Last edited: April 09, 2007



  • Statute: 21-886, Crime Against Nature. Unconstitutional under Lawrence v. Texas
  • Penalty: 10 years
  • Classification: Felony
  • Restrictions: Same-sex only


§21-886 Crime Against Nature-Penalty

Every person who is guilty of the detestable and abominable crime against nature, committed with mankind or with a beast, is punishable by imprisonment in the penitentiary not exceeding ten (10) years.

R.L. 1910, § 2444; Laws 1992, c. 289, § 1, emerg. eff. May 25, 1992; Amended by Laws 1997, H.B. No. 1213 c. 133. § 263, emerg. Effective Date Amended to July 1, 1999 by Laws 1998, c. 2 (First Extraordinary Session), §§ 23-26, effective June 19, 1998 (superseded document available).; Amended by Laws 1997, c. 333, § 5, Effective Date Amended to July 1, 1999 by Laws 1998, c. 2 (First Extraordinary Session), §§ 23-26, effective June 19, 1998 (superseded document available); Amended by H.B. 1009X (1st Ex. Sess. 1999), § 167, emerg. eff. July 1, 1999 (superseded document available); Amended by Laws 2002, SB 1536, c. 460,  § 8, eff. November 1, 2002 (superseded document available).

§21-887 Crime against nature, what penetration necessary.

Any sexual penetration, however slight, is sufficient to complete the crime against nature.


A 1977 effort to repeal sodomy laws was met with a vote-delaying "chorus of giggles."

In 1986, Post v. the State of Oklahoma the state Supreme Court struck down the law as it applies to heterosexuals, noting it had not addressed the issue of same sex relationships.

Oklahoma amended its sodomy law four times between 1992 and 1999. In 1999, the maximum penalty was raised from 10 to 20 years. It was reduced again in 2002 to 10 years.

            1890     Oklahoma’s first criminal code makes explicit that married couples can be prosecuted for marital sodomy.

            1935     An Oklahoma appellate court becomes the first court in the nation to rule that an act of cunnilingus is a “crime against nature.”

            1986     The Court of Criminal Appeals rules that the state’s sodomy law can be applied constitutionally to people of the opposite sex. In 1988, another court rules that the decision applies to “consenting adults,” apparently regardless of gender. Just two weeks later, the same court clarifies that it is applicable only to “consensual, heterosexual” activity.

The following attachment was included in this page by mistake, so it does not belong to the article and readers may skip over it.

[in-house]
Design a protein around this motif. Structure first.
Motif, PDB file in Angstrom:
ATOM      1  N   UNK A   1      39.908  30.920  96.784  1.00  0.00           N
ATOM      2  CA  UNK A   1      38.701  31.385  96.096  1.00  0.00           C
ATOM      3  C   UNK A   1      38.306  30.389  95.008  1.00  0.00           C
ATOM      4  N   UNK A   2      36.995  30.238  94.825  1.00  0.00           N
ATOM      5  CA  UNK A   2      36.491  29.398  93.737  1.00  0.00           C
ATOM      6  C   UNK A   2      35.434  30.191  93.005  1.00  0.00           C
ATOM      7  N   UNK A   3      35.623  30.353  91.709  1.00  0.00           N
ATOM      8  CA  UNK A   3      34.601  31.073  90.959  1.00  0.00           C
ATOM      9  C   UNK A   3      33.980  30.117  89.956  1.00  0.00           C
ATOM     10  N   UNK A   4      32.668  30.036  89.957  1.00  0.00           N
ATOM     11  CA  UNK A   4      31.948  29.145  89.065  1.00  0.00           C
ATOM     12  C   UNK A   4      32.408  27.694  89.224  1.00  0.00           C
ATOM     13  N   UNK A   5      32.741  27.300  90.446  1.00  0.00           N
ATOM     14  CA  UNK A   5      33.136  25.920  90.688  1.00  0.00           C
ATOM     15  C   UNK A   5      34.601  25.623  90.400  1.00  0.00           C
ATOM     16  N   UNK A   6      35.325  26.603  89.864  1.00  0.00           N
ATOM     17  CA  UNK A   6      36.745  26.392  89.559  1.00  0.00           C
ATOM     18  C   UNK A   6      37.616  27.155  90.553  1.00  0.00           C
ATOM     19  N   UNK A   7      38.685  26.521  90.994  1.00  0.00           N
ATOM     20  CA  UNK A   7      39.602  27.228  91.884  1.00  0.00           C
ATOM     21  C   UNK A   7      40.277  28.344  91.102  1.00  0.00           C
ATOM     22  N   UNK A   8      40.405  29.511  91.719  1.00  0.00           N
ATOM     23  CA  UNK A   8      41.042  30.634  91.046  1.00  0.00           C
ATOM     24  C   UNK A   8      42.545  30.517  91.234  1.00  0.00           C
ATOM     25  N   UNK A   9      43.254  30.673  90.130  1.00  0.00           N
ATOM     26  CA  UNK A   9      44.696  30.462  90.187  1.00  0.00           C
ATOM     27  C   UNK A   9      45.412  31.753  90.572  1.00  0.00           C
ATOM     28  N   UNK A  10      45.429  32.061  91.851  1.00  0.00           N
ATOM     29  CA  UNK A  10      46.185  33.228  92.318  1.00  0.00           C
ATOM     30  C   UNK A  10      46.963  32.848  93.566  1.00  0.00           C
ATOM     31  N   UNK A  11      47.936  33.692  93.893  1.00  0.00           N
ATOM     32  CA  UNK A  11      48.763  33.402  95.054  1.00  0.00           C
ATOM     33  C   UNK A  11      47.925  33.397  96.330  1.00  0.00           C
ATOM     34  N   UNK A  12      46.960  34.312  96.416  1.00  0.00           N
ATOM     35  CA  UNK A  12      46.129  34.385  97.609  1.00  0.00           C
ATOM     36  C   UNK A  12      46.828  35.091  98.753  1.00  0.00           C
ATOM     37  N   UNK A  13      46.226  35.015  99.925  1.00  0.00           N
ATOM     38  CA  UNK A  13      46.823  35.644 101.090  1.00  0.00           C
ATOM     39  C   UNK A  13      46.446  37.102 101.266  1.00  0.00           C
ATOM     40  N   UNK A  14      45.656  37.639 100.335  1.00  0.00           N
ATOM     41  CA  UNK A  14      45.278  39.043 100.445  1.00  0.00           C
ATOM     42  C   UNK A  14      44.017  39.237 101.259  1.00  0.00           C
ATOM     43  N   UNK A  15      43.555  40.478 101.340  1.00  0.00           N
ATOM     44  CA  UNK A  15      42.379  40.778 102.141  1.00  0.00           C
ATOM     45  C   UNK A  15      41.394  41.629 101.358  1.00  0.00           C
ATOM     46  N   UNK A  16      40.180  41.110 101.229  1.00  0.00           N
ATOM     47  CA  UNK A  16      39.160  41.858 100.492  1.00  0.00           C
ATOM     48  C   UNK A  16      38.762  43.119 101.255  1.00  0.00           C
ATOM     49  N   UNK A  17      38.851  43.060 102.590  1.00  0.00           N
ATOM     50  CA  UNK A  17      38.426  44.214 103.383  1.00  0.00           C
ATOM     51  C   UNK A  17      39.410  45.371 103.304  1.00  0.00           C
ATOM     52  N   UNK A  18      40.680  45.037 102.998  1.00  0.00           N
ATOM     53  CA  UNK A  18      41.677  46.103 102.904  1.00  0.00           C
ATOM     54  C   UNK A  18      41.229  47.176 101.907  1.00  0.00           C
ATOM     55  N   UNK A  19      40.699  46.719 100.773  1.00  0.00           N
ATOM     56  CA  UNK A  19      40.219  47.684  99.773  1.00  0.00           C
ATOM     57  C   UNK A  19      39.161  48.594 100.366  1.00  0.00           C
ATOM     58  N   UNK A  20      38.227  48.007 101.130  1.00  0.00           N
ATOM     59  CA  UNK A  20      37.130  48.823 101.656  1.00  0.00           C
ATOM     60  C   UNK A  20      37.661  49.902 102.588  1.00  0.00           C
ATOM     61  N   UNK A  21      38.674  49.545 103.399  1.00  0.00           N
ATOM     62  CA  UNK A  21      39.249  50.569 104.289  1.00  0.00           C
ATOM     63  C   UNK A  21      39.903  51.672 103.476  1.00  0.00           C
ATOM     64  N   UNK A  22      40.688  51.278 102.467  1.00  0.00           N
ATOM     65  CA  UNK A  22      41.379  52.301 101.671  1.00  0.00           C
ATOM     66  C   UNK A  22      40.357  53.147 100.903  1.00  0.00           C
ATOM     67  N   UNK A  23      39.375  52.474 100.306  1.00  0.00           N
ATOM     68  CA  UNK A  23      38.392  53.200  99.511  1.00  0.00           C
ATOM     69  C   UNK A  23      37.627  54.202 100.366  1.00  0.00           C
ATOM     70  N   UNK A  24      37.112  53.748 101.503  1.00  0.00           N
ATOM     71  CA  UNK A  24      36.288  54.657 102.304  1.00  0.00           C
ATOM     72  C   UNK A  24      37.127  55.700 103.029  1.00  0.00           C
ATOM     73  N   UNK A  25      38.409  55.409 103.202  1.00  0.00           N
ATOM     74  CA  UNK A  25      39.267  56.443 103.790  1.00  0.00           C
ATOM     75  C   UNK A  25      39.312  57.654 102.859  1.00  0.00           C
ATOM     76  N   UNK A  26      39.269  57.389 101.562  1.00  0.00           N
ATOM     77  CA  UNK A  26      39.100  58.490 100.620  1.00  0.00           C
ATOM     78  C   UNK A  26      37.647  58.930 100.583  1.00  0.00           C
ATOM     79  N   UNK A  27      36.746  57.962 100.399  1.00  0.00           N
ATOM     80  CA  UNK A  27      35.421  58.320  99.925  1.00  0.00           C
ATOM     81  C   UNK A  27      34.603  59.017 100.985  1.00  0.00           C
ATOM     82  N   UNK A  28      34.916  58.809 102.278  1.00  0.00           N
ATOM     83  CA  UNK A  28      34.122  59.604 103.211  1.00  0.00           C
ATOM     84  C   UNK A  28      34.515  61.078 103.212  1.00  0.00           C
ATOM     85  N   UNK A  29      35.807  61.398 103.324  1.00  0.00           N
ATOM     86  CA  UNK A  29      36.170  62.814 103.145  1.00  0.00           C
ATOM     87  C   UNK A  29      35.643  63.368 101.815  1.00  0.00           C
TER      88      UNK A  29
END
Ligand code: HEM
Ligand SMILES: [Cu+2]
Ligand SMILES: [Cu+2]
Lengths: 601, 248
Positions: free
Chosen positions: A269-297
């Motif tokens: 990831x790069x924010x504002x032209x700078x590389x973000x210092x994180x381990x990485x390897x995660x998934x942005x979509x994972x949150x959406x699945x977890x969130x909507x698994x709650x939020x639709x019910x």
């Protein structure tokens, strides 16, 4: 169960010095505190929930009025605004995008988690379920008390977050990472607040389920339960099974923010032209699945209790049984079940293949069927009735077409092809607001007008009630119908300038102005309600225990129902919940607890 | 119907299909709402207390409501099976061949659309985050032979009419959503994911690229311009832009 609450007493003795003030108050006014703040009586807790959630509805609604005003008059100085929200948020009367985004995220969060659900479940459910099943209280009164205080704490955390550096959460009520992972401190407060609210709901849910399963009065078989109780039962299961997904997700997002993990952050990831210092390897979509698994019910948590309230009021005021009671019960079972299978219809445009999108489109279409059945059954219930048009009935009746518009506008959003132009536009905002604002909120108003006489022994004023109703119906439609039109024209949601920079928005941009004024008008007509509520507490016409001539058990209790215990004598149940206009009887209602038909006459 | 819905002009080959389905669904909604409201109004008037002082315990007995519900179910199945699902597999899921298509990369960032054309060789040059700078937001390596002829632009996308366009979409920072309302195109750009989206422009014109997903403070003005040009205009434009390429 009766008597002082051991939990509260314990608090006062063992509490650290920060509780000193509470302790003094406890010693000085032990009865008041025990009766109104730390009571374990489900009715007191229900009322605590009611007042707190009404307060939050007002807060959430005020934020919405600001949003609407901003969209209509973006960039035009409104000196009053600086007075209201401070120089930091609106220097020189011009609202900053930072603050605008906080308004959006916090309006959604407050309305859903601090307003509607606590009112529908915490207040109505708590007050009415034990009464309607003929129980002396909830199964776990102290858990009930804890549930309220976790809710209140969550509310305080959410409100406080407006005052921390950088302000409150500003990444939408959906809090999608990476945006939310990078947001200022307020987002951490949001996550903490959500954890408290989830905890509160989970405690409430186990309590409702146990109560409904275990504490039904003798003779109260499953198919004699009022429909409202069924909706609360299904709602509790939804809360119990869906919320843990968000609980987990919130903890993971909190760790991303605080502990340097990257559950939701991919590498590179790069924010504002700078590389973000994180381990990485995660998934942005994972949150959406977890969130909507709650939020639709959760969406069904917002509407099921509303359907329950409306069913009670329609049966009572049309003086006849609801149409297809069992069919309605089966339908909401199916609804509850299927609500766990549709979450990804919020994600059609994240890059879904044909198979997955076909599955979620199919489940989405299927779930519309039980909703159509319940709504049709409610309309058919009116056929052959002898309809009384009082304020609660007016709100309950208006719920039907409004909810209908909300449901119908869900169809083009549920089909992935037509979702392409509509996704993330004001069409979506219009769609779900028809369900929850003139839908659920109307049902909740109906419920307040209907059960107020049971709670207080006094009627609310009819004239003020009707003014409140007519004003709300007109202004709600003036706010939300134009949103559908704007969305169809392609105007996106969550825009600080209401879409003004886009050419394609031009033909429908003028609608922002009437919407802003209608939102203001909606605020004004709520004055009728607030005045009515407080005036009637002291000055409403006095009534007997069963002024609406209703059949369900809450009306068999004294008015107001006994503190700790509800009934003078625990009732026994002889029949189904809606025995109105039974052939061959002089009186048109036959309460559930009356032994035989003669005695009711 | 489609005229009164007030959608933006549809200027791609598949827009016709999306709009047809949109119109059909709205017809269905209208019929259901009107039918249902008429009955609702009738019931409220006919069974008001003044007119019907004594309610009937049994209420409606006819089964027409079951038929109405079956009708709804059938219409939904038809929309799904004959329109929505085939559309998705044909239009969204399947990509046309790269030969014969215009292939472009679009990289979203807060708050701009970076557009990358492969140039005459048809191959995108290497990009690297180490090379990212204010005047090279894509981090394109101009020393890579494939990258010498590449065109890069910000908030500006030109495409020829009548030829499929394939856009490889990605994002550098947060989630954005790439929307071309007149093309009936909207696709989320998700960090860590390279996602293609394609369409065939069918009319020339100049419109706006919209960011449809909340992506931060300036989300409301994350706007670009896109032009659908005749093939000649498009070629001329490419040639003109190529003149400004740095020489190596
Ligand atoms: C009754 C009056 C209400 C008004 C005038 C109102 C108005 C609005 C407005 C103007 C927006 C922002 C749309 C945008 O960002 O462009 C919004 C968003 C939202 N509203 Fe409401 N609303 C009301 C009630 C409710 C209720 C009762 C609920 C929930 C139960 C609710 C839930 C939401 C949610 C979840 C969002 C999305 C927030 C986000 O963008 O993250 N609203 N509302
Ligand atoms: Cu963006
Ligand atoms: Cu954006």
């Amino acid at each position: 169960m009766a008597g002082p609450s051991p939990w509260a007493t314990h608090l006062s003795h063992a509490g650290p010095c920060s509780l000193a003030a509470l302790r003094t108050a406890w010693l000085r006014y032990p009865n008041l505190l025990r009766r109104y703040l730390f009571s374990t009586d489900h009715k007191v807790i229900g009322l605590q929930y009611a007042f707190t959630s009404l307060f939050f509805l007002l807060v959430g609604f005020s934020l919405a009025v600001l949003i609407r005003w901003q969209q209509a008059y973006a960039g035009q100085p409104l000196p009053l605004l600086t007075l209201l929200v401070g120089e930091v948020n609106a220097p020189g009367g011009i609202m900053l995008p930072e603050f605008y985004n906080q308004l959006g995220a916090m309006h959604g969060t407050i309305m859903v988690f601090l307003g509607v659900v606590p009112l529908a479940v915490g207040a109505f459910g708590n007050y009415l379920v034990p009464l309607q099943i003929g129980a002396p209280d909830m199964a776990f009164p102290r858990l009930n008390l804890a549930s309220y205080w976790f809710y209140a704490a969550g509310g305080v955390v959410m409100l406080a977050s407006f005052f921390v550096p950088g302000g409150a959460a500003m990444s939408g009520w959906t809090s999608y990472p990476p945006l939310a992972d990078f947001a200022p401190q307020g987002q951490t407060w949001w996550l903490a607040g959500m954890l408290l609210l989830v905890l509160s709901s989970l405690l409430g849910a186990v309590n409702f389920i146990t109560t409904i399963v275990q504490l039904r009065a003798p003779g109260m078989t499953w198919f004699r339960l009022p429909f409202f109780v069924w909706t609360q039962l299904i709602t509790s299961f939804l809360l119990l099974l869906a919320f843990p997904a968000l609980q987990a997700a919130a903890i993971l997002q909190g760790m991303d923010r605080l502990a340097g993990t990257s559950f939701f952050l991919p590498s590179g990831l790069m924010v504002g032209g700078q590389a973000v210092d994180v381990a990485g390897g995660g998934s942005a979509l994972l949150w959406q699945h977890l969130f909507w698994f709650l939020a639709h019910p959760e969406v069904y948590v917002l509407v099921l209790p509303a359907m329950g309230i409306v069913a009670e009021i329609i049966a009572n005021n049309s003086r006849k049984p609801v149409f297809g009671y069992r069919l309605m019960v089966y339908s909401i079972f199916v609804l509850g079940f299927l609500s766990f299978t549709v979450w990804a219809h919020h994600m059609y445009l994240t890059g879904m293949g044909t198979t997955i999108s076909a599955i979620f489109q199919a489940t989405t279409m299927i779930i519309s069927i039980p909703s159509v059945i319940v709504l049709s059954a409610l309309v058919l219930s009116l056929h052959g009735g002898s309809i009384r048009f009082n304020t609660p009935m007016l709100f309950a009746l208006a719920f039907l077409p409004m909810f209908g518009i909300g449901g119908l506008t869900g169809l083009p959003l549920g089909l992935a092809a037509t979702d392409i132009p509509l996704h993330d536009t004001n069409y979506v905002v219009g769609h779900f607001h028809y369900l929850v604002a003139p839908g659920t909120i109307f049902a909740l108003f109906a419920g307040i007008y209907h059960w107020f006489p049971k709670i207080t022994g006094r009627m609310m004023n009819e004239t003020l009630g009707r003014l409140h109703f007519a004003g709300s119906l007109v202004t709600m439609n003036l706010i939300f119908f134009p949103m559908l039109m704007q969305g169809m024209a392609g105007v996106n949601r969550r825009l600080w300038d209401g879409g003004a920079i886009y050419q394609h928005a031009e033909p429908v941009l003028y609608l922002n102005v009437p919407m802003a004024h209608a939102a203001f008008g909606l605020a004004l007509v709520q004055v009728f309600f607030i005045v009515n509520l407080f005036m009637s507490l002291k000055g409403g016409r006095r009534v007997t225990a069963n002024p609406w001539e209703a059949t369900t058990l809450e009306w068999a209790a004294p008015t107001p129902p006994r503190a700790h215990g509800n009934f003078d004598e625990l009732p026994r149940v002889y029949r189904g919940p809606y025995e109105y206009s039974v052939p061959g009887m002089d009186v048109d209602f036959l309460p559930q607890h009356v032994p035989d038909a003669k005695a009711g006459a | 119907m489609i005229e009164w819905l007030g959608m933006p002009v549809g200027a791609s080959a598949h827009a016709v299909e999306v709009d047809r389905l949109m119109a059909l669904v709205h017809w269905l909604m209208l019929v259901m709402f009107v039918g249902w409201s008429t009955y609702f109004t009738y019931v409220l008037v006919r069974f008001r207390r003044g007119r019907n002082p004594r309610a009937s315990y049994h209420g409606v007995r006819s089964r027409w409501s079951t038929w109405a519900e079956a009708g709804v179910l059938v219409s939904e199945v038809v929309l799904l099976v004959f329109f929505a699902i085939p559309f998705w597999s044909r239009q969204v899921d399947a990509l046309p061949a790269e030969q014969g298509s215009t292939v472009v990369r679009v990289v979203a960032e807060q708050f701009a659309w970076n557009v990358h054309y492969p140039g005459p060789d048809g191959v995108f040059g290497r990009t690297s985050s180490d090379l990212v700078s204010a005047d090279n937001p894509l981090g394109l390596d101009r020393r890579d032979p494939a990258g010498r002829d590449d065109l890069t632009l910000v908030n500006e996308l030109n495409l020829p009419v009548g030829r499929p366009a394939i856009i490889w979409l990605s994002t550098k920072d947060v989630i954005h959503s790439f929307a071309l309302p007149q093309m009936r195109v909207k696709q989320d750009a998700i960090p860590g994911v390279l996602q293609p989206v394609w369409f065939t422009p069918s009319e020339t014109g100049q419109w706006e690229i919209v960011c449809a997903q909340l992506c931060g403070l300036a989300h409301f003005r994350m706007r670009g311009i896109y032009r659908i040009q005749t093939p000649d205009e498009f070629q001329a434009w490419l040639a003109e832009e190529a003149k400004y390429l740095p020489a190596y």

1988     Oklahoma enacts a state RICO law that applies to businesses involved in criminal activity, including sodomy. This apparently can be used against bath houses.


City of Oklahoma City v. Sawatzky, 1996
During the summer of 1994, an Oklahoma City police officer invited a young man to come back to his hotel room with him. When the man accepted, he was arrested for soliciting sodomy. The ACLU of Oklahoma defended the man in municipal court, which issued a guilty verdict.

The Oklahoma affiliate challenged the verdict and the State's anti-sodomy statute in the Oklahoma Court of Criminal Appeals, which had previously held that the law was an unconstitutional violation of the right to privacy as it applied to heterosexuals. ACLU's cooperating attorney Mark Henricksen argued the case before the Court of Criminal Appeals in August of 1995 and attempted to convince the Court that the right to privacy applies to all Oklahomans, regardless of sexual orientation. In November of 1995, the Court issued a ruling that refused to address the sodomy statute but upheld the client's municipal court conviction based on the government's interest in regulating sexual speech in public places.

With the help of the Lesbian and Gay Rights Project, the Oklahoma affiliate of the ACLU filed an appeal with the U.S. Supreme Court. In April of 1996, the Supreme Court declined to hear the appeal without comment.




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